GEOG 100--Lecture 07--Water and Weather

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  • GEOG 100--Lecture 07--Water and Weather

    1. 1. GEOG 100:Physical Geography Clouds and Precipitation:The Transfer of Latent Heat
    2. 2. The Global Water Budget• Earth has a global water budget—if water is lost in one place or in one form, it is moved to another place or another form• The total amount of water (in whatever form) varies from place to place, but stays constant over the planet as a whole
    3. 3. Where is all of Earth’s water found?• Oceans = 97.2%• Glaciers = 2.0%• Underground sources (aquifers, underground pools & groundwater) = 0.5%• Lakes (half saline, half fresh) = 0.2%• Pore spaces in soil (“soil water”) = 0.04%• Atmospheric water, streams, living things = 0.01%
    4. 4. Residence Time• The amount of time a given amount of water may remain in a particular segment of the hydrologic cycle is its residence time.• Residence time can vary from hours (evaporation followed by a thundershower), to millions of years (trapped in deep aquifers)
    5. 5. Residence Time• As water changes its “residence,” it may also change state.• When water changes state it moves around latent heat. The evaporation and condensation phase changes are especially significant...
    6. 6. Residence Time• As water changes its “residence,” it may also change state.• When water changes state it moves around latent heat. The evaporation and condensation phase changes are especially significant... How about a diagram???
    7. 7. Latent Heat Transfer ice (solid) ed d se orb fre lea me bs e t re ta zi n ltin ea ea g— —g th th lat lat en en en en lat lat th th — — ea ea ion n tio t re ta sit ma bs lea po orb bli de se su ed d water vapor (gas) water (liquid) evaporation—latent heat absorbed condensation—latent heat released
    8. 8. Saturation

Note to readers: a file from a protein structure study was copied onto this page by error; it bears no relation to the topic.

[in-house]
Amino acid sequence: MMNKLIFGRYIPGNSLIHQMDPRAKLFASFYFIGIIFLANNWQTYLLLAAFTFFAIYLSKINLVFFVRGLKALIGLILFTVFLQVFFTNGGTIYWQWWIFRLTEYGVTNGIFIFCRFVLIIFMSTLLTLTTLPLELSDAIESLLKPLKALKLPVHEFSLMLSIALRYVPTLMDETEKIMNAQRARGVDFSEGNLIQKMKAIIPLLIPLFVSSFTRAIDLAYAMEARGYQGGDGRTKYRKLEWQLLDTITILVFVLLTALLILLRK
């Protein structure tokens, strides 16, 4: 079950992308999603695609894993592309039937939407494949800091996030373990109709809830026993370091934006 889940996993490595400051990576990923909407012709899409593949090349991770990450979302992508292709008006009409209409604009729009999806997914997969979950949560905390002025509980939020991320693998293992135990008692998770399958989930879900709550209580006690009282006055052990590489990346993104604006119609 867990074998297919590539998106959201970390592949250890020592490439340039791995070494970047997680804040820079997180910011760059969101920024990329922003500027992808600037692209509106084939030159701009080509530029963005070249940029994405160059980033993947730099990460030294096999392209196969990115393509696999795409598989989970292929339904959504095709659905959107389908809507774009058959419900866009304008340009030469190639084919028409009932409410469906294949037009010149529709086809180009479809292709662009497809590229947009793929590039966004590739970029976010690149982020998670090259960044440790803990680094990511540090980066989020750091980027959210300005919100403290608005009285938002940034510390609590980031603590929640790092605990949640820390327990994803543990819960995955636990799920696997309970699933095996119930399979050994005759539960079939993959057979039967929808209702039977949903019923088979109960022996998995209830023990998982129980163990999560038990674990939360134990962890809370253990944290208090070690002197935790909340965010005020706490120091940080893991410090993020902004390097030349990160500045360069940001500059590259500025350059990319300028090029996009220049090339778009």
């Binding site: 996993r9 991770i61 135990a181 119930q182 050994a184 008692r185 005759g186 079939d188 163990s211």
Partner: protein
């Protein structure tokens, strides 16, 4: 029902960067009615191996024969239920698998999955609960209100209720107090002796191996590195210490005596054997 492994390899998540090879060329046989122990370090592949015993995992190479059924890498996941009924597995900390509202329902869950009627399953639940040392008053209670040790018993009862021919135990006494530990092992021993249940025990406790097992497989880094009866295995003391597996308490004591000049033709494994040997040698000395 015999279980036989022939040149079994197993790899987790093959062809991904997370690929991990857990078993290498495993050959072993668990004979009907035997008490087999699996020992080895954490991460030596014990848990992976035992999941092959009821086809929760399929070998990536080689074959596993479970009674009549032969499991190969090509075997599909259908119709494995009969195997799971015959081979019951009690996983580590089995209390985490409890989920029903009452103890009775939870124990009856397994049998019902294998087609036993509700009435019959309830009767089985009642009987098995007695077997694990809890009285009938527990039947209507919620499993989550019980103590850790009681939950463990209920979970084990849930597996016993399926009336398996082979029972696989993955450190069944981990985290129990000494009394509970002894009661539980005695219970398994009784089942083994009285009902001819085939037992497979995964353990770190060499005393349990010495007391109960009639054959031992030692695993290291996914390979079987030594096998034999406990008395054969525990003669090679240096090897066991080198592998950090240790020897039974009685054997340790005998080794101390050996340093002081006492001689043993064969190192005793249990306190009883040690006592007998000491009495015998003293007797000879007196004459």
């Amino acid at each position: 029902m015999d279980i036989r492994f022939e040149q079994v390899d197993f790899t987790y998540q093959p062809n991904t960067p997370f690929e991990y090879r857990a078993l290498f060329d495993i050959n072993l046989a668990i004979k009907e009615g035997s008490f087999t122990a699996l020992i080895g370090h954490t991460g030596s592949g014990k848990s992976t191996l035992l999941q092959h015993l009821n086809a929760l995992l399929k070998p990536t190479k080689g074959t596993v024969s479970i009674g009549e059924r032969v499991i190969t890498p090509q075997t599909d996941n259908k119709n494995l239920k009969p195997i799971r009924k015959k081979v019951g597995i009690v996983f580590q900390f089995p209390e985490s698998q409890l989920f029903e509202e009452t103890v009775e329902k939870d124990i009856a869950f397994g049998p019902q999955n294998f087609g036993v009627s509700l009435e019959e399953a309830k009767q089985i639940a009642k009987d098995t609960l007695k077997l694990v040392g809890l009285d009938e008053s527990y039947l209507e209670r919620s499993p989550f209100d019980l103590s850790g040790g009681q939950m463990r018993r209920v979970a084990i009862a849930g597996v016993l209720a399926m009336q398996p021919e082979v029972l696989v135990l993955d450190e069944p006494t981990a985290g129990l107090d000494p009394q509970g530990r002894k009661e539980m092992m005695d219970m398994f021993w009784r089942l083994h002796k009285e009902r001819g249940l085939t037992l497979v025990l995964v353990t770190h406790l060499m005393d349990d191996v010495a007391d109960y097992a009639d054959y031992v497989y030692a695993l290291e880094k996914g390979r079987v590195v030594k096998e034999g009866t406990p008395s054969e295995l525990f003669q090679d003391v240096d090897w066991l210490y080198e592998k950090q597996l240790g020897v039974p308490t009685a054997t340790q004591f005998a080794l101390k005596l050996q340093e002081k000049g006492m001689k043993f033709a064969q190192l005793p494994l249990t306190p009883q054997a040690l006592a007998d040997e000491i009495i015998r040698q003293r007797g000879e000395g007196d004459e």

9. 9. Saturation The saturation point is the point at which a given parcel of air is holding the maximum amount of water vapor that it can possibly hold at a given temperature and pressure.
    10. 10. Saturation The saturation point is the point at which a given parcel of air is holding the maximum amount of water vapor that it can possibly hold at a given temperature and pressure. – Temperature is the key!
    11. 11. Saturation The saturation point is the point at which a given parcel of air is holding the maximum amount of water vapor that it can possibly hold at a given temperature and pressure. – Temperature is the key! If the air is not saturated, evaporation can continue, as long as there is moisture available to be evaporated
    12. 12. Three Factors Influencingthe Rate of Evaporation
    13. 13. Three Factors Influencingthe Rate of Evaporation1. Temperature of the water
    14. 14. Three Factors Influencingthe Rate of Evaporation1. Temperature of the water – The warmer the water, the faster the molecules are moving and the more likely they will be able to escape the surface (evaporate)
    15. 15. Three Factors Influencingthe Rate of Evaporation
    16. 16. Three Factors Influencingthe Rate of Evaporation2. Temperature of the air
    17. 17. Three Factors Influencingthe Rate of Evaporation2. Temperature of the air – Warm air can hold more water vapor suspended in it
    18. 18. Three Factors Influencingthe Rate of Evaporation2. Temperature of the air – Warm air can hold more water vapor suspended in it – Warm air transfers heat to the water and speeds up water molecules to the point where they can evaporate
    19. 19. Three Factors Influencingthe Rate of Evaporation2. Temperature of the air – Warm air can hold more water vapor suspended in it – Warm air transfers heat to the water and speeds up water molecules to the point where they can evaporate – Cold air can hold less water as a vapor and reaches its saturation point more quickly
    20. 20. Three Factors Influencingthe Rate of Evaporation
    21. 21. Three Factors Influencingthe Rate of Evaporation3. Degree of windiness
    22. 22. Three Factors Influencingthe Rate of Evaporation3. Degree of windiness – Saturation is reached quickly right above the water
    23. 23. Three Factors Influencingthe Rate of Evaporation3. Degree of windiness – Saturation is reached quickly right above the water – Wind blowing over a wet surface will reduce saturation above that surface by moving water vapor molecules away from the surface. This leaves room for more molecules to evaporate